It’s been exactly 29 years since my sister Elfi and I landed at Colombo International Airport in Sri Lanka on a hot September morning. Back then, traveling the world with two suitcases, one guitar and tons of courage, we did not know what singing adventures would await us beyond the lush green palm crowns of this teardrop shaped island nation off the South Eastern tip of India. Returning today after so many years, it appears that not much has changed since we left the tranquil shores of this emerald gem afloat in the blue Indian Ocean. The pulsating life, the worry-free, spontaneous way people go about their daily chores. The biting heat, the humidity and the rivulets of sweats down my spine and armpits every time you venture beyond the air conditioned hotel walls. The honking Three-Wheelers (Tuk Tuk) and the packed diesel buses still clogging up the streets. People hanging from crowded trains, vendors offering their ware in make shift shops and native beach bums wanting to sell you every kind of trinket. And although life is not that modern and convenient for most of the 20 million Sri Lankans, they all have one thing in common: A genuine smile and friendliness that warm you inside out. Which makes me wonder as I watch bronze skinned waiters in white, gold buttoned coats, many of them from rural villages, serve drinks around the poolside; why do they seem to overflow with such infectious gratitude and joy while many of the wealthy vacationers lounging in sun chairs look unhappy and stressed? The following poem “Happiness” was given to me by my father for Christmas in 1981 and expresses my observations in a very poignant way.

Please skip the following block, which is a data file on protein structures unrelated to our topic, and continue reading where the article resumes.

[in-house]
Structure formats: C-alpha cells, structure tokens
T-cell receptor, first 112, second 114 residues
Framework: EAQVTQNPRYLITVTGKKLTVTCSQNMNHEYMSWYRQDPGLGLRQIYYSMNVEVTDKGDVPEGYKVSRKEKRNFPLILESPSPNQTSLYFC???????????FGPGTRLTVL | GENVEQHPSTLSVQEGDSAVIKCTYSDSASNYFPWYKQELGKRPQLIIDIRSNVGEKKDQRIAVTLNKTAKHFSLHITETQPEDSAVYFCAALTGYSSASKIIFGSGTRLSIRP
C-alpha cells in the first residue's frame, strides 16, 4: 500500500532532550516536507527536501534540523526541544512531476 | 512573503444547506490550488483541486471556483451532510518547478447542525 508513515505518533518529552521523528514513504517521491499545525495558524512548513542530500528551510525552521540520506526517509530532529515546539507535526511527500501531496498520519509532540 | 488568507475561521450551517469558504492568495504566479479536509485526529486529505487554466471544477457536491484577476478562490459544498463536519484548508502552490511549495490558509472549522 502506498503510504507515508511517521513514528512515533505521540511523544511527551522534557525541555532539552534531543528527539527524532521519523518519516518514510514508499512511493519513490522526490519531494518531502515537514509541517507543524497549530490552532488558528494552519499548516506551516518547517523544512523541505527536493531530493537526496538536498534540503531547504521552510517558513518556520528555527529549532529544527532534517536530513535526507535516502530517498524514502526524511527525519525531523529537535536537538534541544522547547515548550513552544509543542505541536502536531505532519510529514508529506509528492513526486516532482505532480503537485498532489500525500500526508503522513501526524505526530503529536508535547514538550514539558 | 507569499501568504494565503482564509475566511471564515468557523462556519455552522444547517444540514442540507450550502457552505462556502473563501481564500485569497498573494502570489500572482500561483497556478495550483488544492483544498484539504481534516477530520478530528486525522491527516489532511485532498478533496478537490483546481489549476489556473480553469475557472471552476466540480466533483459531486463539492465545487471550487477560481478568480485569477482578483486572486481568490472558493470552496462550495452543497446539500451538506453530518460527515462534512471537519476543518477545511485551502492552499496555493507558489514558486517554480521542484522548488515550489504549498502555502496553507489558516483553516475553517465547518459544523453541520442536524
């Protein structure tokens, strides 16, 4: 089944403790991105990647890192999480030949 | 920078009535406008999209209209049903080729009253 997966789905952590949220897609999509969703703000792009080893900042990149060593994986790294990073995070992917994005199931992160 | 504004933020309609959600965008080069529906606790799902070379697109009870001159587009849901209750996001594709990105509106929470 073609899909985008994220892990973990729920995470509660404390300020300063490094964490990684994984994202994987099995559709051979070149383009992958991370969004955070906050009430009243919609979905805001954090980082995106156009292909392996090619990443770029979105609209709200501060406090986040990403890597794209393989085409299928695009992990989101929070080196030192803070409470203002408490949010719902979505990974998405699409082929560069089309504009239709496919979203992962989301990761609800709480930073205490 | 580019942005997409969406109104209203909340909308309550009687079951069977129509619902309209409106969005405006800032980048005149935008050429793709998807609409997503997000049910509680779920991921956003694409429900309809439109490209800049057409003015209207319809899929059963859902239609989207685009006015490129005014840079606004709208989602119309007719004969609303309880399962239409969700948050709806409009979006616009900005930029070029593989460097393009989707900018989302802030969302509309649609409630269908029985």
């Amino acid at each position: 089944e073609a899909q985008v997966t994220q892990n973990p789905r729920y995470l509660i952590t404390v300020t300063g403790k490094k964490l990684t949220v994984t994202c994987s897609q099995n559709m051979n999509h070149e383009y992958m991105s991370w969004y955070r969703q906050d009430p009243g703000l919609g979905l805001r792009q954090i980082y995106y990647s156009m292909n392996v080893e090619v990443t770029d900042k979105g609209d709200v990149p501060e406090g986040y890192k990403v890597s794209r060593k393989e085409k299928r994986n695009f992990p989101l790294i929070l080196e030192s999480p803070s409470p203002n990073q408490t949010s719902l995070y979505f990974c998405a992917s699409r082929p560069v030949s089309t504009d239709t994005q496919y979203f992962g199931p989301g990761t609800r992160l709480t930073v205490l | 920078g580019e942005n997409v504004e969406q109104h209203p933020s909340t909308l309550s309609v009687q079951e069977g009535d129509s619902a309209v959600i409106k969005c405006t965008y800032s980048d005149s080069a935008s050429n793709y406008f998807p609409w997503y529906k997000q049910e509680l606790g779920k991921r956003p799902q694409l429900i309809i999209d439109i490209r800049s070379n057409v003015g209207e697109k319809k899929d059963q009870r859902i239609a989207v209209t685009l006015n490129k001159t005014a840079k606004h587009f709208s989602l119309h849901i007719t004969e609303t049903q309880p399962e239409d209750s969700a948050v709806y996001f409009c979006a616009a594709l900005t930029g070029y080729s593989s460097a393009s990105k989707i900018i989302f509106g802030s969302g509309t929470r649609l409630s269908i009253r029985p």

Happiness is not a thing you and I can buy,
Like a jewel, gold and ring, fruit or Christmas pie
Happiness alone is found with the man who lives
Only on God’s holy ground and who daily gives
All he may and all he can to assist his fellow-man.